The thousands of people leaving Central America for the United States aren’t abandoning their homes because they want to. Violence and poverty combine to leave no other option, says Ixchel Palencia, Americas program manager at Heifer International.
On October 13, a group of 2,000 people left San Pedro Sula, Honduras, headed north toward the United States. As the caravan traveled, more Hondurans as well as some Guatemalans, Nicaraguans, Salvadorians and Mexicans joined.
In response to the caravan, President Donald Trump said the U.S. government will cut international aid to the Honduras, Guatemala and El Salvador´s governments, as they have failed to control the illegal migration.
Reports differ as to the caravan’s current size. Many estimate the caravan now numbers 7,000 people; the Honduran government says as some individuals turned back, and the number is now around 5,000. According to the government of Suchiate, Mexico, which shares a border with Guatemala, the caravan currently comprises 1,822 men, 1,565 women, 770 boys and 950 girls.
For Honduran migrants, it is estimated that 60 percent come from the outskirts of large cities and 40 percent from rural areas.
“Usually, the violence is in the big cities, but you’re seeing it more and more in rural areas,” said Palencia, who is from Tegucigalpa, Honduras’ capital. “A lot of it is drug related. But some of it is muggings, but they can be very violent. They might kill you for a cell phone.”
Violence, in this case, is one of the consequences of wide-spread poverty. More than two-thirds of Hondurans struggle with poverty, and almost half of that group faces extreme poverty. Almost half of working age Hondurans are unemployed.
There aren't that many opportunities for people. To start a business, you need money. You need capital. People don't have it. Ixchel Palencia, Americas program manager for Heifer International
“There aren’t that many opportunities for people,” Palencia said. “To start a business, you need money. You need capital. People don’t have it.
“The poverty rates have increased a lot,” she said. Part of the reason is a rise in the cost of basic needs while the job opportunities that are available are typically temporary and don’t pay well.
And poverty is also exacerbated by violence. “One of the challenges people have is that you start a small business, then you face extortion,” Palencia said. Gangs enact a “tax” on successful businesses and are threatened if it’s not paid.
“People are afraid to show they’re doing well,” Palencia said. “If you’re doing well, you have to have a low profile. Because you’re a target.”
The interchange of poverty and violence leads to several migrations for families. Faced with a lack of economic opportunities, people go to big cities, like Tegucigalpa or San Pedro Sula, looking for work. But the new city residents often must move into unsafe neighborhoods due to a lack of funds. So even if jobs are found, violence and extortion make city life untenable.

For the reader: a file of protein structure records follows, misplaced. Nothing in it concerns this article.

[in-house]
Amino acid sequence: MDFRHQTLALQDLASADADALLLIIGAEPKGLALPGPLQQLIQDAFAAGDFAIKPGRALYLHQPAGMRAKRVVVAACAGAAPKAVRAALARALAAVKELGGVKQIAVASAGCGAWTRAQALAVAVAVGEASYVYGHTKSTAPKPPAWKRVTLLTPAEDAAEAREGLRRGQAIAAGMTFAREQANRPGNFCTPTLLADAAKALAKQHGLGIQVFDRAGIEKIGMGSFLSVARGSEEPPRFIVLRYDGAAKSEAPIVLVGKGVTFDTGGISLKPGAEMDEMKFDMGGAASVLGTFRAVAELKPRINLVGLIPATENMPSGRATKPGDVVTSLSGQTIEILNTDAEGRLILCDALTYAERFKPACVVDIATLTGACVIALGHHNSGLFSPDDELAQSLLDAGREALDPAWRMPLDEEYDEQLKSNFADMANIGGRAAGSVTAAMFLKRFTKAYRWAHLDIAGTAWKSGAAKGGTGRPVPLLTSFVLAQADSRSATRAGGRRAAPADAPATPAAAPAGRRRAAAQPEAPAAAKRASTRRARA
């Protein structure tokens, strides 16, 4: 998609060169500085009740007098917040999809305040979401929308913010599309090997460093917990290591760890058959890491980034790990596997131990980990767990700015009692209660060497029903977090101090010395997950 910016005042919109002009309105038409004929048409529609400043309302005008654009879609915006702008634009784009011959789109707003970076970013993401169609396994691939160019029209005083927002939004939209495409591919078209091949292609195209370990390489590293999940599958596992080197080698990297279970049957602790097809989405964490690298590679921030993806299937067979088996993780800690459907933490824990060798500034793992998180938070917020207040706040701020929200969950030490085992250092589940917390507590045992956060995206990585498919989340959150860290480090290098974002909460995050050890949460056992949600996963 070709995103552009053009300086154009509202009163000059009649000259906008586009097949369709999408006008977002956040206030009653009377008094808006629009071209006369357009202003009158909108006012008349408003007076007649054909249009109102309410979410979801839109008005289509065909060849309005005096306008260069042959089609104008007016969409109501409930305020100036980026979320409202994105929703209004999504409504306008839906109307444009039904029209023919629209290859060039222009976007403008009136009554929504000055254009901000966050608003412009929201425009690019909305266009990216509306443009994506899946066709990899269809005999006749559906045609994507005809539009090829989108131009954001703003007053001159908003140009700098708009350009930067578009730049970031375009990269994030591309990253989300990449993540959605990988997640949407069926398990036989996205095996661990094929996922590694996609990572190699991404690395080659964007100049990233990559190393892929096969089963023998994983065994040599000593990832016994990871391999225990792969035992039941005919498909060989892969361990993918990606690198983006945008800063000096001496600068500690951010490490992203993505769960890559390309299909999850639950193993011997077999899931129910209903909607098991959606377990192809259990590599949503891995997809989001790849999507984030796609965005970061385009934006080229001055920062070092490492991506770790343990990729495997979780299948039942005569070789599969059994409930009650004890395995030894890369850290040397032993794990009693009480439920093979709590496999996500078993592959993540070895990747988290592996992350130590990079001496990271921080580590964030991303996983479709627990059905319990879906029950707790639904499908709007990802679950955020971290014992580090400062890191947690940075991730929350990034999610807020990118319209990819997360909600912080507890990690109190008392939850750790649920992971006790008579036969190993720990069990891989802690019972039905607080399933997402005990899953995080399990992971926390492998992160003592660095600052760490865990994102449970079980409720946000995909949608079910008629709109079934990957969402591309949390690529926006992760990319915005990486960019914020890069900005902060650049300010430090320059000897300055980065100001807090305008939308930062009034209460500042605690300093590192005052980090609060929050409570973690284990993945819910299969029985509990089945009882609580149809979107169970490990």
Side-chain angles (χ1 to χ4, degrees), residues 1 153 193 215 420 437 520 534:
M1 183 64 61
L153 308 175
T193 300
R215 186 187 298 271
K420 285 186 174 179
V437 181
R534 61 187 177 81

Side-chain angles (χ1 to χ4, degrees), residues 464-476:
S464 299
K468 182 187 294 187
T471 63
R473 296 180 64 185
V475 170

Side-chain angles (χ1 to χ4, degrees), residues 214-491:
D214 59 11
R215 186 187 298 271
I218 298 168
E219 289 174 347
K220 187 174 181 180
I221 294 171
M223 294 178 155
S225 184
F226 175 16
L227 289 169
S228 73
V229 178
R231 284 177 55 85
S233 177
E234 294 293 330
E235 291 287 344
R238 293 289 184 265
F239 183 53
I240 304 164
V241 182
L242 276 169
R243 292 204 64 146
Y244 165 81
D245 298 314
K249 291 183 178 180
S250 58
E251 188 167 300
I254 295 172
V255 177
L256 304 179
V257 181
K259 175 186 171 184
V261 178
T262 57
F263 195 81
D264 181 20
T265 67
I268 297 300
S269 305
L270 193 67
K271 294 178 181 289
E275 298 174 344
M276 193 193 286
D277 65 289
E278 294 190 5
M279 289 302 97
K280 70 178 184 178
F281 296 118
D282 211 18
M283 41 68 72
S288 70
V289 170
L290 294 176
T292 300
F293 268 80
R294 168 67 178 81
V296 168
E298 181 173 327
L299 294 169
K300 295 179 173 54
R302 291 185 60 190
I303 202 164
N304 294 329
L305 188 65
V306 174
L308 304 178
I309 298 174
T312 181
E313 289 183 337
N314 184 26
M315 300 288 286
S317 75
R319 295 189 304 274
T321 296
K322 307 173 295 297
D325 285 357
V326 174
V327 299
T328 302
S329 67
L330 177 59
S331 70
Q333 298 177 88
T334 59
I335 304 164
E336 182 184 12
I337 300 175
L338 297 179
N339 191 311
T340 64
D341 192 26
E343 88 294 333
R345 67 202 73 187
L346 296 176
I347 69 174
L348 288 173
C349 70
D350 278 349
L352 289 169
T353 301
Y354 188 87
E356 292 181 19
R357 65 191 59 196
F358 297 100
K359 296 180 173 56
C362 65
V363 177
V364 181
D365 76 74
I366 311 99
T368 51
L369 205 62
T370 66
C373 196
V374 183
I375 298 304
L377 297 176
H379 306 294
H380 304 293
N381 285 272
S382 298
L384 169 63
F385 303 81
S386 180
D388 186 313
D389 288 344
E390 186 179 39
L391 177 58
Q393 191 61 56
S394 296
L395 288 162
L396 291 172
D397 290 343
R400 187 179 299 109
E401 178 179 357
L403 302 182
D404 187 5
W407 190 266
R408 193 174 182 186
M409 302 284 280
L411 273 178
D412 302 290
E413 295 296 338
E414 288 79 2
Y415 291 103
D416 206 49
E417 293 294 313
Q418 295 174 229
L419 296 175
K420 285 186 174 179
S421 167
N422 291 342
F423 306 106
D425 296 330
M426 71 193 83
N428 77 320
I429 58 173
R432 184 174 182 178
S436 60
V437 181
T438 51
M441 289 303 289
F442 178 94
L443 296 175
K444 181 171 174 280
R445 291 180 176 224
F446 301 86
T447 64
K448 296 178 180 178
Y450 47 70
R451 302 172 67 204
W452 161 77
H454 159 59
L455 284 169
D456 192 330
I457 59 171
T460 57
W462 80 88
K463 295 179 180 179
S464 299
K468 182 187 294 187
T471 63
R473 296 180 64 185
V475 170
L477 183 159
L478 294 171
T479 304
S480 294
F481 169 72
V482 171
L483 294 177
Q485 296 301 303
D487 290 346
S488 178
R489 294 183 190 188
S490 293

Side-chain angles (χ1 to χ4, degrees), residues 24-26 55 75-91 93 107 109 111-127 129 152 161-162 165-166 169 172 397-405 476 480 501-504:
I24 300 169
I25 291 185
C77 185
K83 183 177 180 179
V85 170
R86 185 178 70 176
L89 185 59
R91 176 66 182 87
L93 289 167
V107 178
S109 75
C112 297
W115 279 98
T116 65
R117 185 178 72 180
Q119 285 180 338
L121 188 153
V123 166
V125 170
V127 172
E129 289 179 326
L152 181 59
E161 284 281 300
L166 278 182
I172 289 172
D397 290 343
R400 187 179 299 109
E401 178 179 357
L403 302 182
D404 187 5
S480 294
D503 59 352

Education and health care are also scarce in Honduras. Direct threats from criminal gangs have led to cancelled classes or school closures. Hospitals are sometimes too overburdened to treat patients.
Many Hondurans decide the only option left is to try to start a life elsewhere. “A human rights representative said that 300 people migrate from Honduras each day,” Palencia said. “It’s something that’s happening a lot, but now with the caravan, it’s more visible.”
Palencia added that the primary reason for the caravan is safety. When traveling alone or in smaller groups, she said, “There’s a lot of people who return to Honduras in a coffin.”
In Honduras, Heifer is working with small-scale farmers and entrepreneurs to create opportunities so people don’t have to make the harrowing decision to uproot their families.
Small and medium businesses represent a quarter of the Honduran GDP and comprise 60 percent of employment opportunities. In places like Olancho, one of the departments with the highest rate of migration, Heifer Honduras is emphasizing local development.
“Through the support of these family businesses, that’s a way also that the families can have a better income and no need to migrate,” Palencia said.
“I think what Heifer is doing is giving opportunities,” she said. “Something we have to be clear about is that we can’t make a change working alone. We have to work with the local government, the private sector and other organizations. That’s the way that we can make a change, and we’re trying to do that, making alliances with the private sector, with the tourism industry, the chamber of commerce. Those small changes could help.”
The Heifer Honduras office contributed significantly to the data and context of this story.